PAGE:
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Cost of Las Vegas’ new Raiders stadium to be settled this week

A guaranteed maximum price, the all-important final estimated cost of the Las Vegas stadium the Raiders are building, is expected to be discussed Thursday by the Las Vegas Stadium Authority.

The price is a key component in the stadium financing package, which county officials last week said is firmly in place despite what some critics say.

Will the final price be right around $1.8 billion? That cost emerged more than two years ago when the Southern Nevada Tourism Infrastructure Committee first suggested a National Football League stadium. (Actually, $1.9 billion has been bandied about, but that includes $100 million for a practice facility and headquarters in Henderson.)

Or could the price be higher? If so, how much higher?

Projections favorable

The guaranteed maximum is important because that is the amount Clark County will focus on when county commissioners consider a general obligation revenue bond ordinance on April 3. Proceeds from bond sales will pay for the public’s contribution — $750 million — to the stadium’s cost. Bonds and interest will be paid off from a fund generated by the 0.88 percentage-point increase in Clark County’s hotel room tax that Southern Nevada municipalities began collecting in March 2017. Between March and December 2017, the county and the cities of Las Vegas, Henderson, North Las Vegas and Boulder City collected $40.5 million, about 6.1 percent ahead of projections.

Tax revenue collections generally lag the month of room stays by six to eight weeks after the end of a month for the municipalities. Clark County has indicated January collections were down, but February levels were the second-highest monthly level since collections began. County finance leaders attributed that to the unusual timing of CES — which fell on weekdays instead of the weekend — and to the Chinese New Year, which fell in February instead of January this year.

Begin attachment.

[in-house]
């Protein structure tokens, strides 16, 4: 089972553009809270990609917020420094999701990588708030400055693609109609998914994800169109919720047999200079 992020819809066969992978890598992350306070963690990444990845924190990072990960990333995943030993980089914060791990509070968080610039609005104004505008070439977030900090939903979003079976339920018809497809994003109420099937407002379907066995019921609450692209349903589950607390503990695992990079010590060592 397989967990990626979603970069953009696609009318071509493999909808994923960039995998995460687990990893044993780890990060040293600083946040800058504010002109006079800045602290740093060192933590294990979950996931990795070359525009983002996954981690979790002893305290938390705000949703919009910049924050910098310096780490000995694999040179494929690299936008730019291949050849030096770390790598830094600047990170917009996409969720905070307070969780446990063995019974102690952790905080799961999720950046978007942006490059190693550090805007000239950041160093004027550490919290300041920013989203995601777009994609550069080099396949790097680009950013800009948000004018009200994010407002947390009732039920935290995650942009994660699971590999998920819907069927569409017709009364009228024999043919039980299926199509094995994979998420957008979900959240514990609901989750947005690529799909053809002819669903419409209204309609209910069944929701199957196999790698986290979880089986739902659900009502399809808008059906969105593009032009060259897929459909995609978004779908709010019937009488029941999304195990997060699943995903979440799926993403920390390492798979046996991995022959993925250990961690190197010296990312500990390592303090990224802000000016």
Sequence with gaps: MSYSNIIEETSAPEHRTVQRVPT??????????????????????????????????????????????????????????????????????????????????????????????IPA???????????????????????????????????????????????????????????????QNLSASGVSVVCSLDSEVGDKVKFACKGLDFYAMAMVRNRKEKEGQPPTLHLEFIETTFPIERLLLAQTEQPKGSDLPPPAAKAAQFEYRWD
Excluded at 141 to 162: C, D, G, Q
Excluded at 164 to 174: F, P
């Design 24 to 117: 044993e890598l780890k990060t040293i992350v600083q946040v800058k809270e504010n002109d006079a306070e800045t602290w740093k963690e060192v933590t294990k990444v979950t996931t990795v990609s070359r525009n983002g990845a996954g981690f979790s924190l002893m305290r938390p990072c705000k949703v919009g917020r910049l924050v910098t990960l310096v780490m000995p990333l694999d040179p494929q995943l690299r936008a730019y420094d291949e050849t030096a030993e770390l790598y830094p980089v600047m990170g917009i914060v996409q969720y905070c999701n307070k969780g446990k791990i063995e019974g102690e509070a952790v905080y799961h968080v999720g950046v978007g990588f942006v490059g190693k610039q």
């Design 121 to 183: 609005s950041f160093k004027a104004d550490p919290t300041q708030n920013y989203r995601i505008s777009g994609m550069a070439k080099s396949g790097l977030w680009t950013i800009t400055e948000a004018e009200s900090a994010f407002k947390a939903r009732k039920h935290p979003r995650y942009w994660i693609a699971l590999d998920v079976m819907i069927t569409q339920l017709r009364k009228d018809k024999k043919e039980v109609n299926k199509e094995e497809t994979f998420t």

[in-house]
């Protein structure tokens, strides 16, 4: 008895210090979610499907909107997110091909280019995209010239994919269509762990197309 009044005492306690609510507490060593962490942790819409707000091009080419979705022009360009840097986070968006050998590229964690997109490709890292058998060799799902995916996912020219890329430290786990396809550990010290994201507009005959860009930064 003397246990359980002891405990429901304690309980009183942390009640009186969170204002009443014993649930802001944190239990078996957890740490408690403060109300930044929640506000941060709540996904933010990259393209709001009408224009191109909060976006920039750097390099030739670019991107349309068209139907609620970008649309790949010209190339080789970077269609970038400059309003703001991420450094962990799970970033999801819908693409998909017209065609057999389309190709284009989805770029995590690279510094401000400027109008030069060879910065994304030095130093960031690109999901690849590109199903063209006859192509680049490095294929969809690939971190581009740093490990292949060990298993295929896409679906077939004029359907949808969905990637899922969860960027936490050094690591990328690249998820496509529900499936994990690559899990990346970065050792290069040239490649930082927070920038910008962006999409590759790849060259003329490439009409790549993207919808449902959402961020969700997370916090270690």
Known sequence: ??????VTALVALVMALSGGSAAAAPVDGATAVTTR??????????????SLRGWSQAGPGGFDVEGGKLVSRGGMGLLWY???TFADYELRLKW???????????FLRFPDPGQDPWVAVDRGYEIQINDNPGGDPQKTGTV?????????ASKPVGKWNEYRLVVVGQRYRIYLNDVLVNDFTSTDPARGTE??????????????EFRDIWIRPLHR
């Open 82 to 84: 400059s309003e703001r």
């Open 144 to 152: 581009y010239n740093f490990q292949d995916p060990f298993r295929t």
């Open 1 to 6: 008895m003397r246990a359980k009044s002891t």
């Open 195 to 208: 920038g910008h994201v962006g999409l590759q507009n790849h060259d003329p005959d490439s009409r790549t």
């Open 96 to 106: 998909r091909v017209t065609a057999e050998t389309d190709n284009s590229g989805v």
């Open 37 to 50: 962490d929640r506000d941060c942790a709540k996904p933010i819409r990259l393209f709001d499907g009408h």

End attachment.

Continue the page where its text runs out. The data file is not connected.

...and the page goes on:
NFL’s role

While all eyes are on the April 3 commission meeting, there is still plenty to do until then, much of it involving the NFL.

The authority delayed a scheduled March 15 meeting to March 22 to review the last of more than 50 documents related to the stadium. Those documents are expected to be reviewed by one or more committees before being presented at the NFL owners’ meeting March 26-28 in Orlando, Florida.

Once owners have their questions answered and offer their own suggestions to the final agreements, the authority will have one more shot at tweaking the final versions of documents at a special meeting scheduled March 28 before turning everything over to county commissioners.

As far as the county’s role, Clark County Chief Financial Officer Jessica Colvin said that only the necessary signatures, the guaranteed maximum price and a few other details are needed for the commission to move forward.